About the Author

Author Information
Clayton M. Christensen
is the Robert and Jane Cizik Professor of Business Administration at the Harvard Business School, and is widely regarded as one of the world’s foremost experts on innovation and growth. He is author or coauthor of five books including the New York Times bestsellers, The Innovator's Dilemma and The Innovator's Solution.
Michael Horn is the co-founder and Executive Director, Education of Innosight Institute, a non-profit think tank devoted to applying the theories of disruptive innovation to problems in the social sector. Tech&Learning magazine named him to its list of the 100 most important people in the creation and advancement of the use of technology in education. He holds an AB from Yale and an MBA from Harvard.
Curtis Johnson, once a teacher and later a college president, is a writer and consultant. He was head of the public policy research organization that launched the idea of chartered schools and chief of staff to former governor Arne Carlson of Minnesota. Co-author of three books on how metropolitan regions have to adapt to new realities to be successful places, Johnson is a partner with the Citistates Group and the managing partner of Education Evolving, a project of the Center for Policy Studies. He is a graduate of Baylor University with a PhD from the College of Education at the University of Texas.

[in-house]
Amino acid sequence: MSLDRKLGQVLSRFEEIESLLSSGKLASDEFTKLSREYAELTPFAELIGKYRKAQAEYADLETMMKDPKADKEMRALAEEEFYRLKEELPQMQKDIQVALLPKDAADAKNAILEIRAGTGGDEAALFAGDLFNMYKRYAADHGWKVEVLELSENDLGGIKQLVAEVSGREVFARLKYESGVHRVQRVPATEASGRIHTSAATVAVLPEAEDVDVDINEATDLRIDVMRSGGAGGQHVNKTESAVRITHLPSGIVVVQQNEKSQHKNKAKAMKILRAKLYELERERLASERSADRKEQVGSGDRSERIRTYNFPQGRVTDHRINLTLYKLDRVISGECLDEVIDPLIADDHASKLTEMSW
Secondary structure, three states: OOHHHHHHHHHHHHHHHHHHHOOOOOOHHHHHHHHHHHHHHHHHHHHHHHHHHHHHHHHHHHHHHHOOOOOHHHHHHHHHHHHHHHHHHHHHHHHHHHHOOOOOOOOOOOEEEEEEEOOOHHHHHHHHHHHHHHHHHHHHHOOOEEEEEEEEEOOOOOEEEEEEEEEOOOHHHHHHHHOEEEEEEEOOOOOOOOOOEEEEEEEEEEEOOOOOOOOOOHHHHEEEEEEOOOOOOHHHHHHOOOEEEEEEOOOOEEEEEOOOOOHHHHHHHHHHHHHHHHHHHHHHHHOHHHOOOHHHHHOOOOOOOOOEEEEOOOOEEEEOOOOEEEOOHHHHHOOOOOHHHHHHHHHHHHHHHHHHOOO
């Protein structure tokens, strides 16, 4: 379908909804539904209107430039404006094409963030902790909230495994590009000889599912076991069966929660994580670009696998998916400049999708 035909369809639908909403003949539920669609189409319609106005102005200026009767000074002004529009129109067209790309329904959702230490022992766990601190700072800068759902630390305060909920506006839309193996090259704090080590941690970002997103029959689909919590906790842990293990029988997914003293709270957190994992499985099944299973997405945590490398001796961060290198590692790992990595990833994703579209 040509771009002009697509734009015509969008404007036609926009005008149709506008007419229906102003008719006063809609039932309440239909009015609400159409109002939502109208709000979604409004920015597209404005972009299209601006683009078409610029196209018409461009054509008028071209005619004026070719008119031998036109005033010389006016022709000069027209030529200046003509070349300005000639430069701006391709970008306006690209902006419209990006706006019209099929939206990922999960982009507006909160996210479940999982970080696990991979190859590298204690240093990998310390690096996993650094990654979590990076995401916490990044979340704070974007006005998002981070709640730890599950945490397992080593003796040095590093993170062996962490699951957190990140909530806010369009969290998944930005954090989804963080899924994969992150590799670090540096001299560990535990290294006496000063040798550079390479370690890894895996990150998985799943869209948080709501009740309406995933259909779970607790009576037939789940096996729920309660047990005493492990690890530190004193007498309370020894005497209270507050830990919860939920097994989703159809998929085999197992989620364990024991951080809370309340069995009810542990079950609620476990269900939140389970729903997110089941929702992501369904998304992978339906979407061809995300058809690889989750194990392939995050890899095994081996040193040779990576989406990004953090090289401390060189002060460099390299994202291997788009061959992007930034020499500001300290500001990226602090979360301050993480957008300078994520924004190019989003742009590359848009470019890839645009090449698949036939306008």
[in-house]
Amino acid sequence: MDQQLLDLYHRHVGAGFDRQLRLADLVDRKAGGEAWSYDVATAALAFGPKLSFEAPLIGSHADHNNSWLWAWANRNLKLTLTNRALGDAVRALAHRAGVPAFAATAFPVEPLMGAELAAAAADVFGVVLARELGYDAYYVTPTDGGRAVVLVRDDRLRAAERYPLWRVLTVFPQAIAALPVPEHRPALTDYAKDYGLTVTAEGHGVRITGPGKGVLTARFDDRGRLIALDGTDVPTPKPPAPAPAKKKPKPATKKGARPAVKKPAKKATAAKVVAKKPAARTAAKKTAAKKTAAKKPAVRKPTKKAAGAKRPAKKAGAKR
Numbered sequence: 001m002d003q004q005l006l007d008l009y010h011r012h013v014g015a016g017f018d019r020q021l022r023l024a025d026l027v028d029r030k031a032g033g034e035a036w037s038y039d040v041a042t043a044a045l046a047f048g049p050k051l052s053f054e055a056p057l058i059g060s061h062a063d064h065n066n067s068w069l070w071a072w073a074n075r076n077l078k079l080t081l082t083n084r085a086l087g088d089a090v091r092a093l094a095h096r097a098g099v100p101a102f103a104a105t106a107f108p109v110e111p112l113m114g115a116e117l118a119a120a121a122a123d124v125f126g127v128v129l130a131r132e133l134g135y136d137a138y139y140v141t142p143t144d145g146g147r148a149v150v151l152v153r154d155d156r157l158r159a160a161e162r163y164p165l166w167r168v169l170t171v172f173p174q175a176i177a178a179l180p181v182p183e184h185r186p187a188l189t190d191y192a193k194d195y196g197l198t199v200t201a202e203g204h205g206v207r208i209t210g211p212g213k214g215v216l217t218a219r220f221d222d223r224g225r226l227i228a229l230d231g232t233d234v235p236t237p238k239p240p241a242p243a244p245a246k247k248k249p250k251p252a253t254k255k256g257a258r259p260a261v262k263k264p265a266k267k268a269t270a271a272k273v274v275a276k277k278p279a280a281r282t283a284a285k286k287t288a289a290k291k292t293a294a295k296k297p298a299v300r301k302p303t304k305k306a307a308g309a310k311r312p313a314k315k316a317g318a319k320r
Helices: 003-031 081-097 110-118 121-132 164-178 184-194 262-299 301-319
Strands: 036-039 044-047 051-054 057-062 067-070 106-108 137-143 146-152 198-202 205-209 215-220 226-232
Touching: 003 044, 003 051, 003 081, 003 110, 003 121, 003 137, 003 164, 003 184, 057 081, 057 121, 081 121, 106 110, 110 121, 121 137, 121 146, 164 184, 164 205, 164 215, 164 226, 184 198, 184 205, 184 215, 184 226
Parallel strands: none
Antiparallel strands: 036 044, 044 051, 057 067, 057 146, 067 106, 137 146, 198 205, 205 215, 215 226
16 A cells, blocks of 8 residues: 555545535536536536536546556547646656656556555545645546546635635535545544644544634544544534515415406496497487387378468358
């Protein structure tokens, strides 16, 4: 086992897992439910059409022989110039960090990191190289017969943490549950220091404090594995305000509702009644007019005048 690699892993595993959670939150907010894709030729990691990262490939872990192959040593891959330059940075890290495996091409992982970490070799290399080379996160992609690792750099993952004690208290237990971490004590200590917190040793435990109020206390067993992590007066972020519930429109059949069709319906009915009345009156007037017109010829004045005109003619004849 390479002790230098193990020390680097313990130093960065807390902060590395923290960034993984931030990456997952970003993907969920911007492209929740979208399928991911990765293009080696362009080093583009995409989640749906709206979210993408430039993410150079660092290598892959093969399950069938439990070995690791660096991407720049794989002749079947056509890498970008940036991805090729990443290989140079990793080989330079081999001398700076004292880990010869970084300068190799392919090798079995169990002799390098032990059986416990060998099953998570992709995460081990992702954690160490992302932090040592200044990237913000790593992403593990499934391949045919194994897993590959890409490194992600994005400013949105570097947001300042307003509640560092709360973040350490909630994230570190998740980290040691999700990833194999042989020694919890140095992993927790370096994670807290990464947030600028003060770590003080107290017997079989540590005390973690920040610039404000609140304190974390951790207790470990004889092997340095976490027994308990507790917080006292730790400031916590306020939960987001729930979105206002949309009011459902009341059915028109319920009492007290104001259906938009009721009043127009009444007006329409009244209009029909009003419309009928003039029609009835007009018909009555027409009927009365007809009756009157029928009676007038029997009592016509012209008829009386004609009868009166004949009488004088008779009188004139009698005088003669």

Read an Excerpt


How Disruptive Innovation Will Change the Way the World Learns


Copyright © 2010 The McGraw-Hill Companies
All right reserved.

ISBN: 978-0-07-159206-2

Chapter One

Why Schools Struggle to Teach Differently When Each Student Learns Differently

Maria slides into her seat two seconds before the bell rings and curses her alarm clock. She's already behind. Class starts practically before the bell rings because Mr. Alvera likes to cram the period full with as much information as possible. Maria glances over the handout waiting on her desk—it's a bullet-point recap of last night's reading, which she digested easily. She shoots a glance over at Rob and mimes the gesture of taking off his hat. Catching her eye, Rob complies before Mr. Alvera has a chance to say anything.

Rob tugs a hand through his mussed dark red hair and pulls out a notebook as the chemistry teacher explains the formula for the thermodynamic behavior of a gas. He tries to focus on the scrawled chalk that says "p V = n R T"—and diligently copies it into his notebook, as though that will change the fact that he doesn't get it. Mr. Alvera has spent some extra time trying to help him out, but there's limited time for that, and Mr. Alvera only seemed able to explain the same concepts in the same ways—just slower and louder. If Rob's grades keep slipping, Mr. Alvera is required to report him. And if that happens before tomorrow night's soccer game, he suspects he'll be riding the bench. But he's got soccer down: he actually feels worse about the fact that after spending last night poring over the textbook, he still doesn't get the concept.

Across the aisle, Maria sits up and raises her hand to ask a question. "Using p V = n R T, how would I find the density of a gas at standard temperature and pressure?"

Beside her, Rob's soccer teammate, second-stringer Doug Kim, looks like he's taking notes. Rob's heart sinks. Doug plays forward, too. Rob never used to think of himself as stupid, but these days, he suspects, most people at Randall Circle High School think of him as a dumb jock.